ELMA, NY (WIVB) – A new law took effect Wednesday and changed the way the state conducts background checks for firearms and ammunition. It’s part of the Concealed Carry Improvement Act that Gov. Kathy Hochul signed into law last year.
New York is now one State contact pointmeaning the New York State Police NICS Unit will be handling the matter National Instant Criminal Background Checks (NICS) when a customer attempts to purchase a firearm. NYSP NICS will contact the FBI to determine whether the buyer is eligible to purchase the weapon.
When it comes to ammunition, the state police department reviews a state records system to decide whether a customer can purchase ammunition. This government background check is a new system.
Previously, there was no background check on ammunition and gun stores submitted requests directly to the FBI NICS without going through the state.
“You’re putting undue stress on systems that are already working,” Jeff Benty, CEO of Just Holster It Firearms and Training Center in Elma, told News 4. “That communication [between the shop and FBI] is separated and we have to drive through the state, so the state has basically used its state authority to get in the middle and now charge customers a toll.”
Customers must pay $9 per firearm background check and $2.50 per ammunition background check. The state says the money raised will fund the new background check system.
Benty says he only received information to train his employees on the new system Tuesday afternoon, and he fears the new law could scare away customers.
“We had several checks today, firearms weren’t a problem, but we had a lot of people late at the ammunition check and when they went out the door they may or may not come back,” Benty explained. “You’re going to see more and more people be more conservative about not going out, not buying a new firearm, or if they do buy ammunition, it’s going to be sporadic.”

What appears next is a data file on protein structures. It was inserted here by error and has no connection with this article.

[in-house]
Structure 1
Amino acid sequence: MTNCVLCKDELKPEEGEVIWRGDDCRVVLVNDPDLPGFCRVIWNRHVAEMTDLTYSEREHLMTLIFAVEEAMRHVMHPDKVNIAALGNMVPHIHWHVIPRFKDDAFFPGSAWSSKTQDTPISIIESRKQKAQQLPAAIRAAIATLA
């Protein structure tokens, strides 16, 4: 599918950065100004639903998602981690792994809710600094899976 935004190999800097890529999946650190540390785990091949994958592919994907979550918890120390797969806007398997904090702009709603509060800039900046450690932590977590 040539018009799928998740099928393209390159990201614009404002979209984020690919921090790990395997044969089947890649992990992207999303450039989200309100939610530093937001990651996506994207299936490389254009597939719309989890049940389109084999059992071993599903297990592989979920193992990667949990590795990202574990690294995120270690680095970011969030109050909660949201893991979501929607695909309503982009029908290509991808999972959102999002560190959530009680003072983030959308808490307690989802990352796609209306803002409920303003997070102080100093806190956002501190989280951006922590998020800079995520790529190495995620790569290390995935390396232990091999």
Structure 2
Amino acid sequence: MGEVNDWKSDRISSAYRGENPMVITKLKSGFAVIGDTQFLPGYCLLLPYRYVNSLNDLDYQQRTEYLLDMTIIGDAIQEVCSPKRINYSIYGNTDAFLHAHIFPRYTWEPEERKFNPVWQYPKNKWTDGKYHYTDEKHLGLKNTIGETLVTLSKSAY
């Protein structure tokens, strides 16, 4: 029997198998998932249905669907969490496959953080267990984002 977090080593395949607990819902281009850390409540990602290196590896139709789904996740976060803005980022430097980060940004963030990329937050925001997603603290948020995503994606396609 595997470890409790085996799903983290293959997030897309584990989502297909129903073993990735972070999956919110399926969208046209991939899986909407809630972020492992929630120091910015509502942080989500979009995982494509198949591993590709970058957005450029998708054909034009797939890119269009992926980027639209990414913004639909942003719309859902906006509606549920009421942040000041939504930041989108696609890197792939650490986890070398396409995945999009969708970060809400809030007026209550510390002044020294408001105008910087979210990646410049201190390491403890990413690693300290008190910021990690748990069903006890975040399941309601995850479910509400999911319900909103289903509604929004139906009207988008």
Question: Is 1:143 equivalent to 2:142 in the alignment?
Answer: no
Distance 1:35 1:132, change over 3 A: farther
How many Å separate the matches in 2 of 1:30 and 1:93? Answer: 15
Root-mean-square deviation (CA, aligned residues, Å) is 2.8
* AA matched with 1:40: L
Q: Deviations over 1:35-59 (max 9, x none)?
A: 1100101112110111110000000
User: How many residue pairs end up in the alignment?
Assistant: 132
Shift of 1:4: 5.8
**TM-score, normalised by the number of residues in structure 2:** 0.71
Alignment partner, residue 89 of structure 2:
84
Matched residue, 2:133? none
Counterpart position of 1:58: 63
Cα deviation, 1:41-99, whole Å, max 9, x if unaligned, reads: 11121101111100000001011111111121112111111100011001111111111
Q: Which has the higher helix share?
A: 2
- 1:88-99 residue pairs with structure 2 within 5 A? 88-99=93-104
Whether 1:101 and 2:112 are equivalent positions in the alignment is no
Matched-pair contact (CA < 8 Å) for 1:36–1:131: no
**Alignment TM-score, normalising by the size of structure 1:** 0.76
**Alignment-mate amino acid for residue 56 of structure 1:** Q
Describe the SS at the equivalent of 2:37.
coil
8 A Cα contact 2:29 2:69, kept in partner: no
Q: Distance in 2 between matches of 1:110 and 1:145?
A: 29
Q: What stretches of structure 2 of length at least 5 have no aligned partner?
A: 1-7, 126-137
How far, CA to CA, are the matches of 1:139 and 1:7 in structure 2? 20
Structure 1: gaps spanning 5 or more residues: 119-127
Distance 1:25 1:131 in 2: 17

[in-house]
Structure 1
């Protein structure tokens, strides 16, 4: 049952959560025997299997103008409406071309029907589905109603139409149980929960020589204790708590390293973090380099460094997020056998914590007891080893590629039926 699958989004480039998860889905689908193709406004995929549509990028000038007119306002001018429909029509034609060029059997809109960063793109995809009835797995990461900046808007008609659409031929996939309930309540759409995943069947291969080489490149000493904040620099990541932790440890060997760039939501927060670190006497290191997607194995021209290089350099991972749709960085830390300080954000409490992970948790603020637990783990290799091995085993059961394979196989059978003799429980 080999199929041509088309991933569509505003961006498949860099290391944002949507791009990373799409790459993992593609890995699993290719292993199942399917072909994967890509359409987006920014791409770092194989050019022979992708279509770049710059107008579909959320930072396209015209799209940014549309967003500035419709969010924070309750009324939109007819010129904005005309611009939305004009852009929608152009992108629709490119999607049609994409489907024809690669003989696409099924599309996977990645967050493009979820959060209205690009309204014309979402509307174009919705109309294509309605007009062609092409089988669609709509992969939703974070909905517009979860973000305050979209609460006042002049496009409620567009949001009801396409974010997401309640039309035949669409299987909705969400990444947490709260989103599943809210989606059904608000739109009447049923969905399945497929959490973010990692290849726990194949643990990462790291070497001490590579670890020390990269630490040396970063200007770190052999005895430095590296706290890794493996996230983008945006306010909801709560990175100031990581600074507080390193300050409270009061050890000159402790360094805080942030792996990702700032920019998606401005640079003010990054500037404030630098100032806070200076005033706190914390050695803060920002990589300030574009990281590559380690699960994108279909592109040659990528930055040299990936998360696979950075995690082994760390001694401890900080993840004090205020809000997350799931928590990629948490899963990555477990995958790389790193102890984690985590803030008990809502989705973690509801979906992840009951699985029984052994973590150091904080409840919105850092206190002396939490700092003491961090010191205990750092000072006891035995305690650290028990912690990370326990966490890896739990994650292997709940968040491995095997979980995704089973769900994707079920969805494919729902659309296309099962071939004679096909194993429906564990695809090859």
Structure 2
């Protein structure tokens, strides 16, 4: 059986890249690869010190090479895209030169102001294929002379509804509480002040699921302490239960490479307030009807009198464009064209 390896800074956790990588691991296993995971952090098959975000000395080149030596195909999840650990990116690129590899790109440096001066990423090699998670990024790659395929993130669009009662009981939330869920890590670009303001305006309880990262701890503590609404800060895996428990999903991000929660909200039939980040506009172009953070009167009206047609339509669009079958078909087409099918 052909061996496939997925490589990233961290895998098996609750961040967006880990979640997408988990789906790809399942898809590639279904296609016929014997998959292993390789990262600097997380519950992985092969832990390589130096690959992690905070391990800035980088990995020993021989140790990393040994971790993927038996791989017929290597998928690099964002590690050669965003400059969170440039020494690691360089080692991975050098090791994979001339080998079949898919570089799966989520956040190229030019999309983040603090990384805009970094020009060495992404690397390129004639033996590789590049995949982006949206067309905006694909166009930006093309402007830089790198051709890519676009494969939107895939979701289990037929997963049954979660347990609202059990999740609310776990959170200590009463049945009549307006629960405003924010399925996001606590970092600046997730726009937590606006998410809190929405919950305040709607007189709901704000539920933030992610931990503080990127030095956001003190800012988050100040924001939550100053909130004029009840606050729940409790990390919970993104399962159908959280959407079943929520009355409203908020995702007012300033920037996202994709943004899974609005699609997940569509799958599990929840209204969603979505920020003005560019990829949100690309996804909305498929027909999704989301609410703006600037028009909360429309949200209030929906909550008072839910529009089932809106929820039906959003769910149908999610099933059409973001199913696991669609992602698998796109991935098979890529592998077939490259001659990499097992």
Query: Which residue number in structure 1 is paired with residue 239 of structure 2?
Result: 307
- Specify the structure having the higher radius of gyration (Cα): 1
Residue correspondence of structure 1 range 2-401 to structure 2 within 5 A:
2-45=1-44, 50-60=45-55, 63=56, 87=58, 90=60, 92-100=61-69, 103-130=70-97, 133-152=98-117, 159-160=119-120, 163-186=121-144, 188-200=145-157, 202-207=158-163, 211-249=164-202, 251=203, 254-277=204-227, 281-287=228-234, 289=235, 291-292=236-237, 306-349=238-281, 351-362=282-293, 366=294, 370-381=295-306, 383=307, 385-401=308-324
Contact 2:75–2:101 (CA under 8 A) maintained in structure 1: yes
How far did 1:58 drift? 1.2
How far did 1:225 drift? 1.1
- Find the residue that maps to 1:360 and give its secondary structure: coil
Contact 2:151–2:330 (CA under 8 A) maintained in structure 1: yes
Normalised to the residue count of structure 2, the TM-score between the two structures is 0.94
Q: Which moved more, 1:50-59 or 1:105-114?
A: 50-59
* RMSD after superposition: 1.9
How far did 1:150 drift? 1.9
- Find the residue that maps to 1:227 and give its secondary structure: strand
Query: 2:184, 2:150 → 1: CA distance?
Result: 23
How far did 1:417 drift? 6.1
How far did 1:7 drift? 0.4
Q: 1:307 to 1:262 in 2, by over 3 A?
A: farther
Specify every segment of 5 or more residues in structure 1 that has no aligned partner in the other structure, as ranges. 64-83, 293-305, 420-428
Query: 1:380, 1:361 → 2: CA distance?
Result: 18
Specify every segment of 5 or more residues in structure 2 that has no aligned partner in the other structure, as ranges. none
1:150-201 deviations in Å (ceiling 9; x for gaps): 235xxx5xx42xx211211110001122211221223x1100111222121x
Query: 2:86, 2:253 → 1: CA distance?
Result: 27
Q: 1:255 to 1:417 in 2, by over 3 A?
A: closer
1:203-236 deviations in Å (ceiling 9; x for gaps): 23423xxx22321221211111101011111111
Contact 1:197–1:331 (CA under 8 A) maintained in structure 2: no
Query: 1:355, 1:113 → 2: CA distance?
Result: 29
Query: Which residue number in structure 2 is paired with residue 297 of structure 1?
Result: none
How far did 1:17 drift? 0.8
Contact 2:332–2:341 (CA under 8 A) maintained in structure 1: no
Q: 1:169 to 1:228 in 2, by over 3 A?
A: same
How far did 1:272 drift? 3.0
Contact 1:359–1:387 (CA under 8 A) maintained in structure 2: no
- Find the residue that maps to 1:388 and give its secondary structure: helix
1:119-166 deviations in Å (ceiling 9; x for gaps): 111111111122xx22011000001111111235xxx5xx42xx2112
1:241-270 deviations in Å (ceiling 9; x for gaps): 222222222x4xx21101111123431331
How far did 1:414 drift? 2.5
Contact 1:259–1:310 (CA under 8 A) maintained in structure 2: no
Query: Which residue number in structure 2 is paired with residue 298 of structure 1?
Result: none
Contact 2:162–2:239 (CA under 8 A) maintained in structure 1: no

Justin DiPasquale had to visit two gun stores to get what he needed. He says the ammunition check is new and requires an email address, Social Security number and other personal information.
“Luckily it came back in less than a minute. There was a gentleman who was there for an hour and a half. I filled out all of his stuff before I even got there and his was still being processed,” DiPasquale explained. “It was just a lot of steps. At the end of the day I think it’s good, but it was really uncomfortable.”
A background check on ammunition will be denied by the state if the purchaser:
- Was convicted of a crime
- Is a fugitive from justice
- Is an illegal user of or addicted to a controlled substance
- Was judged to be mentally retarded or was admitted to a psychiatric institution
- Is in the United States illegally or unlawfully or was admitted to the United States on a nonimmigrant visa (with limited exceptions)
- Was discharged from the armed forces under dishonorable conditions
- Renounced U.S. citizenship after previously being a citizen of the United States
- Is subject to a qualified protective order preventing the purchaser from harassing, stalking, or threatening an intimate partner or such intimate partner’s child
- Was convicted of a domestic violence misdemeanor
- Charged with felony
According to the NYSP NICS Unit, all gun and ammunition dealers must be registered with the online system and background checks can be submitted 24 hours a day. A background check is not considered a public record and should not be disclosed to anyone unauthorized by law.
In case of rejection, a potential buyer can appeal the decision within 30 days. The state then has 30 days to provide a reason for the denial. The buyer can then appeal to the Attorney General if they disagree with the decision.
Just Holster It is worried that all sales will have to stop if the online system goes down. Currently, all background checks are conducted online. New York says an automated phone system will be rolled out in October.
This law is one of them several steps The Hochul government has decided to strengthen weapons reform. Gun stores are now required to secure ammunition and firearms and have a security system with cameras inside and outside the store. The store is also required to retain security materials for two years.
Governor Hochul released the following statement on Tuesday:
Judge Sonia Sotomayor issued an order rejecting the latest attempt to stop New York’s nation-leading gun safety laws from taking effect tomorrow and block a related law that has been in effect since December 2022. The Concealed Carry Improvement Act was passed last year after I called a special session of the Legislature to address the Supreme Court’s reckless repeal of gun safety regulations that had kept New York safe for more than a century. This new order from Judge Sotomayor will ensure that the provisions of the law requiring stricter background checks for firearms and ammunition, set to take effect on September 13, continue to be vigorously implemented, as well as the law requiring regular on-site inspections of firearms dealers stipulates remains in force. Public safety is my top priority and I am committed to doing everything in my power to keep New Yorkers safe.
Gov. Kathy Hochul